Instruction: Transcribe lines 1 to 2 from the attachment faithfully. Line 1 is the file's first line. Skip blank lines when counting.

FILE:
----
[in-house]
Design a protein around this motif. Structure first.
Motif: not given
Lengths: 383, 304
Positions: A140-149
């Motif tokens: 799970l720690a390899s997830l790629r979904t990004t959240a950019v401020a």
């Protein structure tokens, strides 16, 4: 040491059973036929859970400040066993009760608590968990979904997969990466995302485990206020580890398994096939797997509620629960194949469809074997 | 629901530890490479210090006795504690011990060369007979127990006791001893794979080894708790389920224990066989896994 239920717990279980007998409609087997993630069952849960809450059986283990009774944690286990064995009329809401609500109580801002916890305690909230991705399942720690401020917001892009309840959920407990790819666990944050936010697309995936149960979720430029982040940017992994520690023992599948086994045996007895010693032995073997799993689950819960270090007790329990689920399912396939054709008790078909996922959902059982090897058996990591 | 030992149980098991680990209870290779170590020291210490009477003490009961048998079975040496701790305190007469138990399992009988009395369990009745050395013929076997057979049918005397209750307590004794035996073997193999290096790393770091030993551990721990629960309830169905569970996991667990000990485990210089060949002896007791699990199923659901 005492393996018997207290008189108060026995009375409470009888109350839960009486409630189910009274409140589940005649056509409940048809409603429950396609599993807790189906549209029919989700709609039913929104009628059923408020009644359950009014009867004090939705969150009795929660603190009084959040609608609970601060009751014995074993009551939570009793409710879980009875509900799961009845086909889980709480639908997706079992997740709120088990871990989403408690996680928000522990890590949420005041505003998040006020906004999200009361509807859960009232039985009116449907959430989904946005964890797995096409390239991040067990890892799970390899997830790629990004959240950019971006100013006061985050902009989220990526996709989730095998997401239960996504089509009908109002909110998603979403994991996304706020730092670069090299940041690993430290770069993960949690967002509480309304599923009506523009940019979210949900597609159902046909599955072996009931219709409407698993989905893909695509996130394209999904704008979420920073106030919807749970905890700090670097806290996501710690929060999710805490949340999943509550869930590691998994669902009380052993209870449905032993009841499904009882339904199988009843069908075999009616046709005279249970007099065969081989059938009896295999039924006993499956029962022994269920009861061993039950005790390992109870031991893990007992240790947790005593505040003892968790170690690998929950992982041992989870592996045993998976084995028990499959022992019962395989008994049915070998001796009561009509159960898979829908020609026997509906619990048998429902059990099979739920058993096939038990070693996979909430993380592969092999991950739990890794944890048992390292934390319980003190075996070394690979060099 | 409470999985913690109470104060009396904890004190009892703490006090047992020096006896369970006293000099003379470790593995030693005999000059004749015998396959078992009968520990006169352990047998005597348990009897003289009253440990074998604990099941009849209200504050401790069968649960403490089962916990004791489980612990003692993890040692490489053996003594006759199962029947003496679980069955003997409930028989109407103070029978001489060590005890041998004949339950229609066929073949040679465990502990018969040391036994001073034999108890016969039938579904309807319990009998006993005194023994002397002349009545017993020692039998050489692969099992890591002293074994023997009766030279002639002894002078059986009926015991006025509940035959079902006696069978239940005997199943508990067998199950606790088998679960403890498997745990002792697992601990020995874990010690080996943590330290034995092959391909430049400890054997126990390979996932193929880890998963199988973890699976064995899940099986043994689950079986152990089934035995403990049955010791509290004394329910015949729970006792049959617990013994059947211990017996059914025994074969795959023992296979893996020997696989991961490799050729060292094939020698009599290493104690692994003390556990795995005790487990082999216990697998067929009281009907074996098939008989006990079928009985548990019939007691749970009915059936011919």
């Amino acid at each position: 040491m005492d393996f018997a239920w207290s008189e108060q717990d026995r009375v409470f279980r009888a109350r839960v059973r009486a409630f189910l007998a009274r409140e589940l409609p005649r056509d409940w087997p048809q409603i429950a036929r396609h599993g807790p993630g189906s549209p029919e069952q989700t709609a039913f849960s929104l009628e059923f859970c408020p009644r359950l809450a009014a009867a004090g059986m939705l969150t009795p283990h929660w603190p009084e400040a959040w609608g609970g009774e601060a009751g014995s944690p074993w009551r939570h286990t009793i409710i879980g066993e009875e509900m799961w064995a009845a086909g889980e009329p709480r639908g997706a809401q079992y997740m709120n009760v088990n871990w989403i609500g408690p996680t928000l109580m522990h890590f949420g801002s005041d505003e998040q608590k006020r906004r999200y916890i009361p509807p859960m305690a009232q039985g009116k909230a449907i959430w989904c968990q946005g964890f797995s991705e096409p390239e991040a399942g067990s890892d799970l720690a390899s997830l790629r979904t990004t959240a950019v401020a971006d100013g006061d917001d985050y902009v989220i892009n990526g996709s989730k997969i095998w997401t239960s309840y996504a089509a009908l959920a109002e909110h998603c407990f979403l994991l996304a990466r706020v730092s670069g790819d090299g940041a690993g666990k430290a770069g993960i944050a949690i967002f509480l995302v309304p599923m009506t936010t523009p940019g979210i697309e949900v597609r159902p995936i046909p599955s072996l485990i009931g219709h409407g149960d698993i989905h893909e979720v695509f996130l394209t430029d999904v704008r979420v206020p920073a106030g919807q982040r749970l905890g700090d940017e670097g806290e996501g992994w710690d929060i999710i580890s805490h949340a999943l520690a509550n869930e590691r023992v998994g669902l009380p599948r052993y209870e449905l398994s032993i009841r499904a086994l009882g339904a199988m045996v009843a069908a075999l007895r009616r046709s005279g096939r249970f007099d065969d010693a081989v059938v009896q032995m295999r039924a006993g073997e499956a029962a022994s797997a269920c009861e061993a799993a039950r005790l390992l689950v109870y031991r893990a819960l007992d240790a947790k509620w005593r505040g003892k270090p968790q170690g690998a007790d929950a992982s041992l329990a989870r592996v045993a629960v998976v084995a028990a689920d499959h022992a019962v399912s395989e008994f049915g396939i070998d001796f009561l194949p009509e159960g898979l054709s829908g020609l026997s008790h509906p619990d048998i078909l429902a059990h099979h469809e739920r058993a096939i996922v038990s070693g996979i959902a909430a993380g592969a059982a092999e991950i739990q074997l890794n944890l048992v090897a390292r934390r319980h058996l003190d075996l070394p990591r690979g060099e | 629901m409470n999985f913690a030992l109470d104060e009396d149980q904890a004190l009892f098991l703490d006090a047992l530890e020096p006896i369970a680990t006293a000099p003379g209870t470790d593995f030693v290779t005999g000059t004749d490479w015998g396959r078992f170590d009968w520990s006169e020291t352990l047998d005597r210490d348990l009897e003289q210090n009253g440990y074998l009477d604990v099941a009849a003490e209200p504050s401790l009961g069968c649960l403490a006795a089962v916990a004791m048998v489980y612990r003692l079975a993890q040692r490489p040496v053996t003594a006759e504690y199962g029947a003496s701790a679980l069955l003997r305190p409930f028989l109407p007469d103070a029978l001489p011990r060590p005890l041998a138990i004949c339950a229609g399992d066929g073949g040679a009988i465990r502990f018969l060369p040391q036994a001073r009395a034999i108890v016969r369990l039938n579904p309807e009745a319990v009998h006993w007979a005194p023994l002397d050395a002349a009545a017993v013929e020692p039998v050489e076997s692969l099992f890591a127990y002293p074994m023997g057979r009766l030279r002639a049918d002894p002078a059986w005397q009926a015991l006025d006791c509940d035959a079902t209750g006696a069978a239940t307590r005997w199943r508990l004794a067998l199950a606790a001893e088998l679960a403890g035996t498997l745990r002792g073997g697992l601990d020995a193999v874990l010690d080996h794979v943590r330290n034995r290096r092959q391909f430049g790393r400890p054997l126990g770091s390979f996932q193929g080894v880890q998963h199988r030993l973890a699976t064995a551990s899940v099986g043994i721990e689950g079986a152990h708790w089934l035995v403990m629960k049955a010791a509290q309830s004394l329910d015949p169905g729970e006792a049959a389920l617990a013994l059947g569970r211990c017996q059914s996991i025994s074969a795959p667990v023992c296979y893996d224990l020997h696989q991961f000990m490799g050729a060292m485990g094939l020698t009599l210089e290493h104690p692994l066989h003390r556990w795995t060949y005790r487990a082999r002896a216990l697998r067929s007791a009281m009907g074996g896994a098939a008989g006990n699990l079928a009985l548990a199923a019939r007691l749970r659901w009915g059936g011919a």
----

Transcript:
[in-house]
Design a protein around this motif. Structure first.